According to the accounting standards, the answer would be no. The company would record sales of $33/barrel, and record expenses of $35/barrel, giving the company a loss. However, I see this differently. Today’s all-in cost to pump an additional barrel of oil is $30 ($10/barrel to drill + $20/barrel for everything else). If we assume that oil will stay at $33/barrel forever, I would consider this company to be profitable.

To state this concept more explicitly, I believe there is a better way to gauge an oil and gas company’s profitability. Rather than looking at a company’s stated profits, I believe an investor should exclude depreciation as an expense, and replace it with the costs that are necessary to keep production steady. Seasoned investors will recognize this latter number as “maintenance capex”.

Unfortunately, it’s hard to estimate a company’s maintenance capex, and companies don’t usually publish such numbers. This is why I believe it’s so hard for the average investor to analyze an oil and gas stock. However, in most cases, maintenance capex today is much lower than depreciation.

Take NuVista, for example. In 2015, the company recorded roughly $160 million in depreciation, and spent roughly an equal amount on drilling new wells. If NuVista’s costs stayed the same as in previous years, we would expect production to stay flat. But on the contrary, NuVista’s total production jumped by 35%. Had the company merely wanted to keep production flat, I believe they could have done so by spending less than $80 million. Whereas NuVista recorded a loss of $173 million in 2015, I believe their real loss was less than $90 million.

But that’s not all. Due to the production profile of oil and gas wells, many oil and gas companies become more profitable over time as well.



Why Maintenance Capex Goes Lower Over Time

A newly drilled shale oil well typically reaches peak production in the first month, after which its production drops dramatically. The magnitude of the drop varies from well to well, but they typically decline by 70% in the first year - e.g. if a well produces 1,000 barrels/day in the first month, it would typically produce 300 barrels/day a year later.

After the first year, a typical well’s production continues to go down, but at a slower rate. In the second year, production may decline by 40% or so, and in the third year, perhaps by 30%. After the fifth year, however, production typically declines by less than 20% per year.

Now, imagine that a company drilled just one well, and wanted to spend just enough to keep total production flat. Let’s see how difficult that would be in the ensuing years.

Let’s say that the company’s initial well produced 1,000 barrels/day in the first year, and production declined to 300 barrels/day by the second year. In this case, the company would have to drill enough wells to produce an extra 700 barrels/day in the second year. Suppose the company did that; by how much would production drop in the third year? Assuming the first well declines by 40% and the second well declines by 70%, the company would have to drill enough to produce 610 barrels/day (i.e. 40% of 300 + 70% of 700).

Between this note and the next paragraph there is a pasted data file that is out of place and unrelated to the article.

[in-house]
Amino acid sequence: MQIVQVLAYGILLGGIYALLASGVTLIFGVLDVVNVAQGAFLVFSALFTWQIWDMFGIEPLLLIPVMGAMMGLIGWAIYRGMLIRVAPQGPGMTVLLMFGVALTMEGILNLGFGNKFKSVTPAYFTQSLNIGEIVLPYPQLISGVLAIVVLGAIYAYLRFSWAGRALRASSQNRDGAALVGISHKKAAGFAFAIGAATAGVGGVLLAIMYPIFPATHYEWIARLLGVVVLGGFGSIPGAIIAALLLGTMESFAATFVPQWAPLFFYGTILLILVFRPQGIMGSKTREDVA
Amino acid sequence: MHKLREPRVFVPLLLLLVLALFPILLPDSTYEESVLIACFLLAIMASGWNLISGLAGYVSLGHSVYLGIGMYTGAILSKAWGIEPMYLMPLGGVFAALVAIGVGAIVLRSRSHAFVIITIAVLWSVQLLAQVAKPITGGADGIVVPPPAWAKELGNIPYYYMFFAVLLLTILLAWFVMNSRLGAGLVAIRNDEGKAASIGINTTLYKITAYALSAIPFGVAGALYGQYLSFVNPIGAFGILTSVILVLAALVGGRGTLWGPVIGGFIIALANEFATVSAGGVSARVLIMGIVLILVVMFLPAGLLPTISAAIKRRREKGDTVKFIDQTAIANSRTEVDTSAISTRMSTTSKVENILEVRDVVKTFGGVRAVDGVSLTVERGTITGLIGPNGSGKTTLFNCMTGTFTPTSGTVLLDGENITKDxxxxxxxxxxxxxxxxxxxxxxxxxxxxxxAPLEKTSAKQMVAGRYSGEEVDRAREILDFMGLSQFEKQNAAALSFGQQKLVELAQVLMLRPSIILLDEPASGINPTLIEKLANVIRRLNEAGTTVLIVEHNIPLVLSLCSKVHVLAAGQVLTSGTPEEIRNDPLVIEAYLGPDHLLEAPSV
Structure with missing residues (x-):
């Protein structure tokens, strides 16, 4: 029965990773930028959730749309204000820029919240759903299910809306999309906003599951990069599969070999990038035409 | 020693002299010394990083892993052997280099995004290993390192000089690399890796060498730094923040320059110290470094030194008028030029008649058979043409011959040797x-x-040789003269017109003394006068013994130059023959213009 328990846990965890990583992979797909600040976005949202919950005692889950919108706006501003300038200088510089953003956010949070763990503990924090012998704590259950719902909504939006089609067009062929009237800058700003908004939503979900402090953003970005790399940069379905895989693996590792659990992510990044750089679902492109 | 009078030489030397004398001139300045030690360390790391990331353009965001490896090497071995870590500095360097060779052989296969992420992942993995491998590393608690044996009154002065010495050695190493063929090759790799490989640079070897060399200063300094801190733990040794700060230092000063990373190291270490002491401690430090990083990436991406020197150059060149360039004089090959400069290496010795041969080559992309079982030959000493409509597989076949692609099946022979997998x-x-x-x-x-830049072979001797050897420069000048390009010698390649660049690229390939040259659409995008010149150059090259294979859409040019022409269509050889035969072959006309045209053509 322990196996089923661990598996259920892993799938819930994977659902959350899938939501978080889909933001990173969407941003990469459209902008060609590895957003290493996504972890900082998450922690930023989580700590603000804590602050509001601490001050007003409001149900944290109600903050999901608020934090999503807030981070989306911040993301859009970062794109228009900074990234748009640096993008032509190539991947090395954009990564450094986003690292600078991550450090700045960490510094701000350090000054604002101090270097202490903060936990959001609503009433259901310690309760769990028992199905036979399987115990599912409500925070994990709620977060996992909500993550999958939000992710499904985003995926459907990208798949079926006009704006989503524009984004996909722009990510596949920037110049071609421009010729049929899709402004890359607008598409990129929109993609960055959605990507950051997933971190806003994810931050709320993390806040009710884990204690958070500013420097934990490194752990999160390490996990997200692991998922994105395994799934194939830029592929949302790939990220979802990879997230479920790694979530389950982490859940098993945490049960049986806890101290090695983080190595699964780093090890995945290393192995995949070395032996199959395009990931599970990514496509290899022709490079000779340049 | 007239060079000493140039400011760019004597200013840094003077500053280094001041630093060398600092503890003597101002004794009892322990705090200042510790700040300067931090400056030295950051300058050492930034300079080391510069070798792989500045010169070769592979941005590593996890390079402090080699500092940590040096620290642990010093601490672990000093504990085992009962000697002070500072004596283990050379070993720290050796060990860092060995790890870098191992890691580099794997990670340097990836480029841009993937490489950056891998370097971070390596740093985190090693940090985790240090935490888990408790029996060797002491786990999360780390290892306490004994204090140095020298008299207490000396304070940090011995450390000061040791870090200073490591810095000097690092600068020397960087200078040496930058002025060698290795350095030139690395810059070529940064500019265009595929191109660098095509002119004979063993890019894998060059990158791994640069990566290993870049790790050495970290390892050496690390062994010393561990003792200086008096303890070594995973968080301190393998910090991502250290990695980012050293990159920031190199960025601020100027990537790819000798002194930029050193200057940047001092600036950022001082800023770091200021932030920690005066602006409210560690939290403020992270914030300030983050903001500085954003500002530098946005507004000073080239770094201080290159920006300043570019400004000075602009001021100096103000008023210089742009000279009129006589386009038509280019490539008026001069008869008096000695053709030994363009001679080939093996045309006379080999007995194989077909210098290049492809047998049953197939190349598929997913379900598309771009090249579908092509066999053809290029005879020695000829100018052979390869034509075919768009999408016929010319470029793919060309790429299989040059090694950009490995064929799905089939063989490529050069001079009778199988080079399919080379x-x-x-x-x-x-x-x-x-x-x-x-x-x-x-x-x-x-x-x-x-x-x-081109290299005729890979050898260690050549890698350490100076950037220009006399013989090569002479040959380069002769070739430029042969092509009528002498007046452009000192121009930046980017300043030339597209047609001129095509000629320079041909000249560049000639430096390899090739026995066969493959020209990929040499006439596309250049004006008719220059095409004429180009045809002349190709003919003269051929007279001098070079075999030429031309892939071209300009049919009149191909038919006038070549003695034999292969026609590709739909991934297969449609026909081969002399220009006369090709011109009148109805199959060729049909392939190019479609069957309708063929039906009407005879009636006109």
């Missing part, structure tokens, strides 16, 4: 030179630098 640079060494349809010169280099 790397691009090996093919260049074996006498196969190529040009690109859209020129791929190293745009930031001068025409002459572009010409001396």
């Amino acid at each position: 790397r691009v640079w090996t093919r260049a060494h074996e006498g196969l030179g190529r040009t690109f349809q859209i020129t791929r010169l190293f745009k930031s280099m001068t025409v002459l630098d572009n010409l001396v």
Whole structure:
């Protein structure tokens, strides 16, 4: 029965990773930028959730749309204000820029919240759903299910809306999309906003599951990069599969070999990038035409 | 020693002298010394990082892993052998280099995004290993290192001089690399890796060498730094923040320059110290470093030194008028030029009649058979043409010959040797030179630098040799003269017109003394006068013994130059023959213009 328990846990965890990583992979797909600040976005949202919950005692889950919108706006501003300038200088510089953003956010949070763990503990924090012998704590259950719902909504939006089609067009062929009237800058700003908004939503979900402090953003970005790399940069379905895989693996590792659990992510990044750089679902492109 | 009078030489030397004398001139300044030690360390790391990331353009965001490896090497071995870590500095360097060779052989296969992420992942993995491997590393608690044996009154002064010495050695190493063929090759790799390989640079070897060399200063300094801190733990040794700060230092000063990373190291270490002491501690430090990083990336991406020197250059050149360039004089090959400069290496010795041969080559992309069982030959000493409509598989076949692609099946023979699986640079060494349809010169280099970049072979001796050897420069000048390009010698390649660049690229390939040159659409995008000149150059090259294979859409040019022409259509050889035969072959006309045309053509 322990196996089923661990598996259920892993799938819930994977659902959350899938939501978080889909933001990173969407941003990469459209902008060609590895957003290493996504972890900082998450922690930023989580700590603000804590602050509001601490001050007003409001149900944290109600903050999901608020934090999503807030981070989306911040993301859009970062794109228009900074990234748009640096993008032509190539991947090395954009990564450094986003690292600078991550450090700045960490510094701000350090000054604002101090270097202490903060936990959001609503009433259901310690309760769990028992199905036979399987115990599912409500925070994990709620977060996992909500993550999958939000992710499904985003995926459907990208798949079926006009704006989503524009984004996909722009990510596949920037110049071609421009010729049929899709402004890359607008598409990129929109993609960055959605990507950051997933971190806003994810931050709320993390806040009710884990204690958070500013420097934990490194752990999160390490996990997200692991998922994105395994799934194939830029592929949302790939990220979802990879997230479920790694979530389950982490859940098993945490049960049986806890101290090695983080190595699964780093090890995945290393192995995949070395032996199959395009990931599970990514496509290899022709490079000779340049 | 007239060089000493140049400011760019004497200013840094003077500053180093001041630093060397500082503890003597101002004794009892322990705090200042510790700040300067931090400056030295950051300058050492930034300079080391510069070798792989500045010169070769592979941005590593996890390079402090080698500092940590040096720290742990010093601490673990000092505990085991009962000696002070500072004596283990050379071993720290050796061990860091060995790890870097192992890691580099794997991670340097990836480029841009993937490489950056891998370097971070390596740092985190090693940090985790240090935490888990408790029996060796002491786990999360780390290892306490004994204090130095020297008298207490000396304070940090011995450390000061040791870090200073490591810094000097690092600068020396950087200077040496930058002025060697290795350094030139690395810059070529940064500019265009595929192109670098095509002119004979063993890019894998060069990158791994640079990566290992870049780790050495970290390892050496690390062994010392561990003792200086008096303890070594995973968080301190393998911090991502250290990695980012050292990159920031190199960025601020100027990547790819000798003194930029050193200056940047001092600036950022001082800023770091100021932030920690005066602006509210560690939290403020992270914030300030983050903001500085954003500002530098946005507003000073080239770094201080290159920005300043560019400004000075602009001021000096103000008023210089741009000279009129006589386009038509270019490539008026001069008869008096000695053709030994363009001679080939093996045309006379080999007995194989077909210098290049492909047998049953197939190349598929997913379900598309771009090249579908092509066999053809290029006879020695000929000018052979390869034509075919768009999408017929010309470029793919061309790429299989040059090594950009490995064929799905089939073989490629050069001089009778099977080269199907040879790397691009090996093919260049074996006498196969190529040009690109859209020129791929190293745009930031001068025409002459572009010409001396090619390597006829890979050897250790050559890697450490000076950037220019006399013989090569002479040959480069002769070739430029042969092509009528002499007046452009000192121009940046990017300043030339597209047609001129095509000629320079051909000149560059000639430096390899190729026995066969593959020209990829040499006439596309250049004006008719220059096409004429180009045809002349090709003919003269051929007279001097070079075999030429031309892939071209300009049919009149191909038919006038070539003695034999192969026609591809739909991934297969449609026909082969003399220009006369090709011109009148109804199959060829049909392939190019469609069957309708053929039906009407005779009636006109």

You’ll notice that in the third year, the company had to find less new production in order to keep production flat compared to the second year (610 vs. 700 barrels/day). This is because the first well’s production has started to decline more slowly. This effect will continue into the future, so in the fourth year, the company will need to find less production to keep total production steady, and in the fifth year, the amount of new production will be less still. This means  oil companies become more profitable over time because their maintenance capex goes down.

The principles I illustrated apply to most, if not all, shale oil and gas companies in Canada. So while many of them look as if they’re losing large amounts of money today, I believe the real losses are often far less.

What’s more, I believe that many oil companies will continue to find ways to reduce their costs. Technology continues to evolve, allowing companies to extract more oil and gas per well, reducing the cost per barrel. Moreover, companies are finding ways to drill wells more quickly, reducing costs further. This means that even if oil prices stay still, these companies will become more profitable over time.

Now, some people will find a problem with this investment thesis. If everybody lowers their costs, economic theory says the price of oil will come down too. In fact, many point to the development of technology as the main reason why oil prices are low today.

The problem with this argument is that technology has only affected shale oil and gas producers. Even today, shale oil accounts for roughly 5% of the global oil production. On the other hand, the cost to drill conventional wells around the world hasn’t gone down much, and neither has the price of oil that’s necessary to balance oil producing countries’ budgets. Therefore, I’m very skeptical that oil prices will stay low due to shale oil producers.

When a company produces a commodity like oil, the only competitive advantage the company has over others is cost. By continually decreasing costs, I believe that some oil companies will create ever greater competitive advantages over others. This is the reason I invest in them, even if their stock prices are volatile.